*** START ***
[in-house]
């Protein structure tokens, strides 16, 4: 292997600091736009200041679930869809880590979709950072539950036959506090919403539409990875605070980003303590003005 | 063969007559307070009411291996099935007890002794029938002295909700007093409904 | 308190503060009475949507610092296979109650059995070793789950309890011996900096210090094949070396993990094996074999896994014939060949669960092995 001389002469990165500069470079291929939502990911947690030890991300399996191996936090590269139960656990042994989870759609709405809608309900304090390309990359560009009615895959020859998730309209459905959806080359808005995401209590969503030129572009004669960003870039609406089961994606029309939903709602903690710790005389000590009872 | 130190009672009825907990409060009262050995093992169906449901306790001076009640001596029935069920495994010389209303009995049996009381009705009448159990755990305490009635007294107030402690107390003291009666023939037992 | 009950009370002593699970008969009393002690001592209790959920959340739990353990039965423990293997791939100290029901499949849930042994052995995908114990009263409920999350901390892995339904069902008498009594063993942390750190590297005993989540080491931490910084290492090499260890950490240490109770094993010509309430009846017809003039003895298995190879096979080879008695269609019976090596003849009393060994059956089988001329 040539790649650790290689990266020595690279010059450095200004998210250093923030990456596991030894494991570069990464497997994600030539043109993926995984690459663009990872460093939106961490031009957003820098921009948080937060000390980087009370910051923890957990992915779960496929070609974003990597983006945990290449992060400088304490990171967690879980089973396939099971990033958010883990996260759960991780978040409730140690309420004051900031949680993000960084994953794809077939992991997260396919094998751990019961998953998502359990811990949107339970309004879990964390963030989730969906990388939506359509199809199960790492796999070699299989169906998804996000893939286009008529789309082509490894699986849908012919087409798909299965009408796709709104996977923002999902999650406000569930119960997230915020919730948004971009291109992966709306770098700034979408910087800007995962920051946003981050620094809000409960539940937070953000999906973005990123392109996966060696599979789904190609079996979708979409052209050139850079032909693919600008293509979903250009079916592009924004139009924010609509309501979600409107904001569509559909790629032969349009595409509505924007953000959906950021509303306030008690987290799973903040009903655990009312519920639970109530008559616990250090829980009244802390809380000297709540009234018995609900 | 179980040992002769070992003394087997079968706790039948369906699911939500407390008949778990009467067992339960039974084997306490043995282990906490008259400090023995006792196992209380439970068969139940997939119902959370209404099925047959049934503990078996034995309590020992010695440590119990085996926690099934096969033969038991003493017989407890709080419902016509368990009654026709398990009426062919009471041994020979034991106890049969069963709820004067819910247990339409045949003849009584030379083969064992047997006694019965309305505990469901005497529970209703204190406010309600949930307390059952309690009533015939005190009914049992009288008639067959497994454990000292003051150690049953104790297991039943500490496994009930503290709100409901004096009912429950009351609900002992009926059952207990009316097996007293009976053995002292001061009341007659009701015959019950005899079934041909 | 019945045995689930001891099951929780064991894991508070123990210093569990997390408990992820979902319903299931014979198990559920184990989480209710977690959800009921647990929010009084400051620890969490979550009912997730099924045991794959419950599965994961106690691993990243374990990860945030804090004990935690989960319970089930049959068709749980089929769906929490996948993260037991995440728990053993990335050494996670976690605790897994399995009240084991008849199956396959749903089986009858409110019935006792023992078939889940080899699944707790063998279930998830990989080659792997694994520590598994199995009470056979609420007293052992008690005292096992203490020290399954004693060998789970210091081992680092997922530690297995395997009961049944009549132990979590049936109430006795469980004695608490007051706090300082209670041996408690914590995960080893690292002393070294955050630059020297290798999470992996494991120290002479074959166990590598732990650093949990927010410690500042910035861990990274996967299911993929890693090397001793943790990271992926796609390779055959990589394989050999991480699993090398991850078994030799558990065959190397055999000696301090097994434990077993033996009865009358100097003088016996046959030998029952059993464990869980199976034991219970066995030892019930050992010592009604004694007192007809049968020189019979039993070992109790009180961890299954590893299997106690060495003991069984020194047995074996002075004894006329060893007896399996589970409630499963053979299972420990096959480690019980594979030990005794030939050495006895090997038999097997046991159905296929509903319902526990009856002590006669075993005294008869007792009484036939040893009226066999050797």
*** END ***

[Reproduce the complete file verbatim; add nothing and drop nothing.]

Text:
[in-house]
């Protein structure tokens, strides 16, 4: 292997600091736009200041679930869809880590979709950072539950036959506090919403539409990875605070980003303590003005 | 063969007559307070009411291996099935007890002794029938002295909700007093409904 | 308190503060009475949507610092296979109650059995070793789950309890011996900096210090094949070396993990094996074999896994014939060949669960092995 001389002469990165500069470079291929939502990911947690030890991300399996191996936090590269139960656990042994989870759609709405809608309900304090390309990359560009009615895959020859998730309209459905959806080359808005995401209590969503030129572009004669960003870039609406089961994606029309939903709602903690710790005389000590009872 | 130190009672009825907990409060009262050995093992169906449901306790001076009640001596029935069920495994010389209303009995049996009381009705009448159990755990305490009635007294107030402690107390003291009666023939037992 | 009950009370002593699970008969009393002690001592209790959920959340739990353990039965423990293997791939100290029901499949849930042994052995995908114990009263409920999350901390892995339904069902008498009594063993942390750190590297005993989540080491931490910084290492090499260890950490240490109770094993010509309430009846017809003039003895298995190879096979080879008695269609019976090596003849009393060994059956089988001329 040539790649650790290689990266020595690279010059450095200004998210250093923030990456596991030894494991570069990464497997994600030539043109993926995984690459663009990872460093939106961490031009957003820098921009948080937060000390980087009370910051923890957990992915779960496929070609974003990597983006945990290449992060400088304490990171967690879980089973396939099971990033958010883990996260759960991780978040409730140690309420004051900031949680993000960084994953794809077939992991997260396919094998751990019961998953998502359990811990949107339970309004879990964390963030989730969906990388939506359509199809199960790492796999070699299989169906998804996000893939286009008529789309082509490894699986849908012919087409798909299965009408796709709104996977923002999902999650406000569930119960997230915020919730948004971009291109992966709306770098700034979408910087800007995962920051946003981050620094809000409960539940937070953000999906973005990123392109996966060696599979789904190609079996979708979409052209050139850079032909693919600008293509979903250009079916592009924004139009924010609509309501979600409107904001569509559909790629032969349009595409509505924007953000959906950021509303306030008690987290799973903040009903655990009312519920639970109530008559616990250090829980009244802390809380000297709540009234018995609900 | 179980040992002769070992003394087997079968706790039948369906699911939500407390008949778990009467067992339960039974084997306490043995282990906490008259400090023995006792196992209380439970068969139940997939119902959370209404099925047959049934503990078996034995309590020992010695440590119990085996926690099934096969033969038991003493017989407890709080419902016509368990009654026709398990009426062919009471041994020979034991106890049969069963709820004067819910247990339409045949003849009584030379083969064992047997006694019965309305505990469901005497529970209703204190406010309600949930307390059952309690009533015939005190009914049992009288008639067959497994454990000292003051150690049953104790297991039943500490496994009930503290709100409901004096009912429950009351609900002992009926059952207990009316097996007293009976053995002292001061009341007659009701015959019950005899079934041909 | 019945045995689930001891099951929780064991894991508070123990210093569990997390408990992820979902319903299931014979198990559920184990989480209710977690959800009921647990929010009084400051620890969490979550009912997730099924045991794959419950599965994961106690691993990243374990990860945030804090004990935690989960319970089930049959068709749980089929769906929490996948993260037991995440728990053993990335050494996670976690605790897994399995009240084991008849199956396959749903089986009858409110019935006792023992078939889940080899699944707790063998279930998830990989080659792997694994520590598994199995009470056979609420007293052992008690005292096992203490020290399954004693060998789970210091081992680092997922530690297995395997009961049944009549132990979590049936109430006795469980004695608490007051706090300082209670041996408690914590995960080893690292002393070294955050630059020297290798999470992996494991120290002479074959166990590598732990650093949990927010410690500042910035861990990274996967299911993929890693090397001793943790990271992926796609390779055959990589394989050999991480699993090398991850078994030799558990065959190397055999000696301090097994434990077993033996009865009358100097003088016996046959030998029952059993464990869980199976034991219970066995030892019930050992010592009604004694007192007809049968020189019979039993070992109790009180961890299954590893299997106690060495003991069984020194047995074996002075004894006329060893007896399996589970409630499963053979299972420990096959480690019980594979030990005794030939050495006895090997038999097997046991159905296929509903319902526990009856002590006669075993005294008869007792009484036939040893009226066999050797």